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Packaging

Click on any of the below for more information:


Paper and Cardboard:

  • Paper is made up of long fibres, so every time it is recycled, those fibres will be shortened, making it harder to be recycled the next time.
  • The average number of times paper can be recycled is about five to seven times. From that point, it can be made into a paper paste and used to make things like newspaper or egg cartons. 
  • Paper recycling involves mixing the paper with water and chemicals to break it down, forming a sludge.  It is then chopped up and heated, which breaks it down further into pulp.  It is strained through screens, which remove plastic (especially from plastic-coated paper that may still be in the mixture) then cleaned, de-inked, bleached, and mixed with water.  Then it can be made into new recycled paper.
  • In many cases, paper and cardboard factories use their waste products as a source of fuel.
  • Recycling one ton of newspaper saves about 1 ton of wood while recycling 1 ton of printing or copier paper saves slightly more than 2 tons of wood.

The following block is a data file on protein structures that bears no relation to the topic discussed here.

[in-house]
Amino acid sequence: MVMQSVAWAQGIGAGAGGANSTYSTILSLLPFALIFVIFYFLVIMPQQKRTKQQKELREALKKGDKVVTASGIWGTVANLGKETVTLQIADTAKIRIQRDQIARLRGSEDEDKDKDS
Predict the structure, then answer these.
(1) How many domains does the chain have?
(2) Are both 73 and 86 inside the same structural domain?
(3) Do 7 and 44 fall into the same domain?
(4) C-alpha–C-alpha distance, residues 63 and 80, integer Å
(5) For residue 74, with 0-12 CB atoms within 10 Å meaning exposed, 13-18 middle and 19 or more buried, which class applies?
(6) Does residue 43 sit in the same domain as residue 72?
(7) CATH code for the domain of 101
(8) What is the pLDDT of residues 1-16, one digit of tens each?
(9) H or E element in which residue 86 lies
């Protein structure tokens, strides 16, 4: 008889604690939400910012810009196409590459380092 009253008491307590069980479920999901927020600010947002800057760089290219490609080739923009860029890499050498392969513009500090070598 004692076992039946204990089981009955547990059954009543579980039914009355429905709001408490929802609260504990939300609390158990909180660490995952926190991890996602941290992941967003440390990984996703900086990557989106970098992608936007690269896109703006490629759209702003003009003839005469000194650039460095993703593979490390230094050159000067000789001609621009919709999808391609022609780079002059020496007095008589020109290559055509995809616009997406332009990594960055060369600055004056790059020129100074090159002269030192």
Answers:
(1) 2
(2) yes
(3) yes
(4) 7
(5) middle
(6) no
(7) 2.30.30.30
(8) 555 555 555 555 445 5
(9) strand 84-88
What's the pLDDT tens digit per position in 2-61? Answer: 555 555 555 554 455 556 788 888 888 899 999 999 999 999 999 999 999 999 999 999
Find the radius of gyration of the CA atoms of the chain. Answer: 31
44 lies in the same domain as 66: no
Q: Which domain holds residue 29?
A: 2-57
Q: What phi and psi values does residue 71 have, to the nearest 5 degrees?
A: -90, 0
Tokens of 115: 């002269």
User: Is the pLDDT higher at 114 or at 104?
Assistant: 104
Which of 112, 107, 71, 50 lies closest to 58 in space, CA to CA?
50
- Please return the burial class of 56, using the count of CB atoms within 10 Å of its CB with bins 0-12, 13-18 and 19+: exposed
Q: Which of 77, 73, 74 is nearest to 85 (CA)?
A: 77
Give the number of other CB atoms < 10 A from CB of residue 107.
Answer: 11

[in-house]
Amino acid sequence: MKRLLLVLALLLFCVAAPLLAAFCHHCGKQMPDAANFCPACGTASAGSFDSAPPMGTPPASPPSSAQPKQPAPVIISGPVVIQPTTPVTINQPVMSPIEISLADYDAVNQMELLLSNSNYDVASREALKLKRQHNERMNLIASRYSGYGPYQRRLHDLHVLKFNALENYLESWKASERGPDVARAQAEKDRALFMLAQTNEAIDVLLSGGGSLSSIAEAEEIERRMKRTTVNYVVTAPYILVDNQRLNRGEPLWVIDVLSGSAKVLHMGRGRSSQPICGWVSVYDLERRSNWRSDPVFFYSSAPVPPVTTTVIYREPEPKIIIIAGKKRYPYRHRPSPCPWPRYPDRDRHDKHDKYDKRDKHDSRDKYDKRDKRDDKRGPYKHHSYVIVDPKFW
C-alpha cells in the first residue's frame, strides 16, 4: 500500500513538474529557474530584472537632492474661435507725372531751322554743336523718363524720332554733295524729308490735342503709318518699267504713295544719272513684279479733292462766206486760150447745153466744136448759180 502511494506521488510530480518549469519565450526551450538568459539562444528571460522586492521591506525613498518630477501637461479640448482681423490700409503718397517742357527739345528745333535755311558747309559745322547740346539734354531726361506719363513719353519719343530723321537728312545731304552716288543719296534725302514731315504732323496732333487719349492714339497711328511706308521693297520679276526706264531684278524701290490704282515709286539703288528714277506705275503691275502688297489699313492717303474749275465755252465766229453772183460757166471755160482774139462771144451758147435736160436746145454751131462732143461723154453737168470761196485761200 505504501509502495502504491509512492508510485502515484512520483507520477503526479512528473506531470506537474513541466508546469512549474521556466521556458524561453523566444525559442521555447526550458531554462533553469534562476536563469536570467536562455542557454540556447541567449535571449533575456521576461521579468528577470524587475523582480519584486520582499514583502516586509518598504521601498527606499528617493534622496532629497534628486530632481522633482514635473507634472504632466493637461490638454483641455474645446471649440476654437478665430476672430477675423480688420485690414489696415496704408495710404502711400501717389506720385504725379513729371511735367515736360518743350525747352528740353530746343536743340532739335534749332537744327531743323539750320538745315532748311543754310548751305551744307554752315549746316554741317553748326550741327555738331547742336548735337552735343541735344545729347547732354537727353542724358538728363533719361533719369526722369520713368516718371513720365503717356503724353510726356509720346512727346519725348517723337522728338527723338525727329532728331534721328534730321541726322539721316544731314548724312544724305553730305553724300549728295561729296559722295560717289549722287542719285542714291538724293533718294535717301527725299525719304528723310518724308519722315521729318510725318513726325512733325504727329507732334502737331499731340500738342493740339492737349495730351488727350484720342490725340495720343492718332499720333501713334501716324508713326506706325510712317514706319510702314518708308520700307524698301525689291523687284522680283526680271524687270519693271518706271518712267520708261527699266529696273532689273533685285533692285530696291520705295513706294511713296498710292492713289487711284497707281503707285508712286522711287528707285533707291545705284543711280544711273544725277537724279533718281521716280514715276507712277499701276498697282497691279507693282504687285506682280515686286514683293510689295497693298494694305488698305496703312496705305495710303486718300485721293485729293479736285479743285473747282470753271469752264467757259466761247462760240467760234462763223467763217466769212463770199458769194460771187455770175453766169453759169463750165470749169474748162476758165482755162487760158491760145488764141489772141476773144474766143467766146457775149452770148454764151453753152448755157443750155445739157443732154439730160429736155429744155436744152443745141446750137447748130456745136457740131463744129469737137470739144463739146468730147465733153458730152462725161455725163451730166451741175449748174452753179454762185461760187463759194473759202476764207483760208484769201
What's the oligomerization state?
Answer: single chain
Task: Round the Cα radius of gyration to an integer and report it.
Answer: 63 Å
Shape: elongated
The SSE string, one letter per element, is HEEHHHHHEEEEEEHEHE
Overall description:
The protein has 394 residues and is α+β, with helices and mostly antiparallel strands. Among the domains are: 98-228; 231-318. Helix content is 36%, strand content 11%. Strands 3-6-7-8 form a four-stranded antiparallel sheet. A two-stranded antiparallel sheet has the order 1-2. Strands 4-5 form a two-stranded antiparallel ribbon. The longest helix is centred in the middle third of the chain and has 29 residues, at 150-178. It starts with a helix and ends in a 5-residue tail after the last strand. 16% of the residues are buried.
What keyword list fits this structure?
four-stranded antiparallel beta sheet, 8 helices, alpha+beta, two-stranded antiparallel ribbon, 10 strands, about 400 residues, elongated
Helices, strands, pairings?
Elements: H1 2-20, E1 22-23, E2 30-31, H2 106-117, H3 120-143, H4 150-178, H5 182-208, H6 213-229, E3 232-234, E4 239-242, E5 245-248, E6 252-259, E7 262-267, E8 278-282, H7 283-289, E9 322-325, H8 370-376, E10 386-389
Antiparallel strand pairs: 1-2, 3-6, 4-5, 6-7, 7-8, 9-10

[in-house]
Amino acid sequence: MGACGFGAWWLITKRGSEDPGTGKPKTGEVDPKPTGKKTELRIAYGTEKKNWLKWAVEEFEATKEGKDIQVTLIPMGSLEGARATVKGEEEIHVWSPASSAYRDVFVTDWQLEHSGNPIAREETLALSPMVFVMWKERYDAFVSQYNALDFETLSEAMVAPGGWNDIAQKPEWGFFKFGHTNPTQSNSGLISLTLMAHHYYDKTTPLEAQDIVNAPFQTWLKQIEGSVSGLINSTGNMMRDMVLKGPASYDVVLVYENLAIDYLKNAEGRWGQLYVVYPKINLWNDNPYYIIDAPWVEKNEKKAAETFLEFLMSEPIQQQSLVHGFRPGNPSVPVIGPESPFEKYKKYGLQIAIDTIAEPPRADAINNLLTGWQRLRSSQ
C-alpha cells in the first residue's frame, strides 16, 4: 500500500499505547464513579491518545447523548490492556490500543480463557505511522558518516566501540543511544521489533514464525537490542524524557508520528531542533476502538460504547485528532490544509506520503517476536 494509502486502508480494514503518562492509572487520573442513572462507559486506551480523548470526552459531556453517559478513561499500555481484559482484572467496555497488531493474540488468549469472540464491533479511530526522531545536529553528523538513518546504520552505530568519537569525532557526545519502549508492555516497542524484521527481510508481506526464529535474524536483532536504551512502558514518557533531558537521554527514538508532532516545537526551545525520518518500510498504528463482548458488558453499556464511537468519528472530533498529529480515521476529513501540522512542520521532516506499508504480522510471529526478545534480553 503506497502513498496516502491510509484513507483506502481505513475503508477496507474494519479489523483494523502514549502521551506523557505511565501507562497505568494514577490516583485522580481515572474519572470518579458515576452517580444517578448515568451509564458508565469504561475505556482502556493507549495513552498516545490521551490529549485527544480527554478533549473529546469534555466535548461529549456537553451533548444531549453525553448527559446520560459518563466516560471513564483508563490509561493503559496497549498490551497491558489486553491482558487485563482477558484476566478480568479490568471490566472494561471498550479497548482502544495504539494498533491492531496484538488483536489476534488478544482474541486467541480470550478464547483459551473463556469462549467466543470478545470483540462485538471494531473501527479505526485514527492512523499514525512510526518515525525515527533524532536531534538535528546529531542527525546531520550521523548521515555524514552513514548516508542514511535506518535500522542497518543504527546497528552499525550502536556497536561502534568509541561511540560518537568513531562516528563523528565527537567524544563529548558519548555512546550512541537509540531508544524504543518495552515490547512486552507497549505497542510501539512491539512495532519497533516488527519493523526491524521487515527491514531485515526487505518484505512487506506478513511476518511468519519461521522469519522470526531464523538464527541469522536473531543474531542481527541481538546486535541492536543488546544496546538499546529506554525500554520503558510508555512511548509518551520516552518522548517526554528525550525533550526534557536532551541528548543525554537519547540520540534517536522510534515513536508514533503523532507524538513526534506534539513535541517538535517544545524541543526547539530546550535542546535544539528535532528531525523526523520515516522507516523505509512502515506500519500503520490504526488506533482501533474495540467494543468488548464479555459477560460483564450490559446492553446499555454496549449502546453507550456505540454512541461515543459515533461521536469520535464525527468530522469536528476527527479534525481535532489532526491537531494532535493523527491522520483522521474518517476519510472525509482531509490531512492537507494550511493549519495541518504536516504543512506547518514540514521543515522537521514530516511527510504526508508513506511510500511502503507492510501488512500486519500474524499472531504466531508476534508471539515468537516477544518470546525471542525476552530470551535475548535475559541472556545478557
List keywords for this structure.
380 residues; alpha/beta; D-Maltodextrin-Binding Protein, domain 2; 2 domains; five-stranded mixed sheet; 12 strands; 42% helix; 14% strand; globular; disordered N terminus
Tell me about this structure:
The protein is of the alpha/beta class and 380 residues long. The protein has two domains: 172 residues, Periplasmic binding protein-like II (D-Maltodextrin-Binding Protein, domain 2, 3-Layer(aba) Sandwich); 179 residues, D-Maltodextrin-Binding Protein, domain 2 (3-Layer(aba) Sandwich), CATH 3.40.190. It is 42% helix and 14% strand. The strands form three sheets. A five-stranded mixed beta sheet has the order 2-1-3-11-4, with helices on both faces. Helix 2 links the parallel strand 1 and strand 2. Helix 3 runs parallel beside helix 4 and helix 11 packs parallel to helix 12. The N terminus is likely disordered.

• 86% of cardboard and paper in the EU is recycled, 10% is sent to landfill, and 7% is incinerated.
  • While paper is a better packaging alternative to plastic, if everything was packaged in cardboard it would mean a lot more trees would need to be cut down. So zero packaging is a better solution overall.
  • Paper Recycling Video.

Glass:

  • Glass can be recycled infinitely.  The glass is crushed into small pieces and any contaminants such as paper, plastic lids or corks, stones, ceramics and metals are removed.  When a fine sand has been created it is then melted down and remade into new glass.
  • Glass recycling video.

Metal:

  • Metals such as aluminium (drink cans), steel (tin cans), copper and iron can all be recycled.
  • Tin cans and aluminium cans are processed at materials recovery/recycling plants.
  • Larger and heavier items such as saucepans, cookware and frying pans should be brought to your nearest civic amenity site where they will processed as scrap metal.
  • Aluminium (cans) recycling – Video.

Tetrapaks:

  • Tetra Paks are made up of layers of paper/cardboard, plastic and aluminium. The paperboard gives the carton its strength, while the plastic and aluminium provides a seal to protect the contents.
  • Recycling involves separating the paper from the plastic and aluminium.  The paper pulp is used to make paper products.  The plastic and aluminium component can be used to make materials for the building industry. 
  • The following video illustrates the process:  Tetrapak Recycling Video.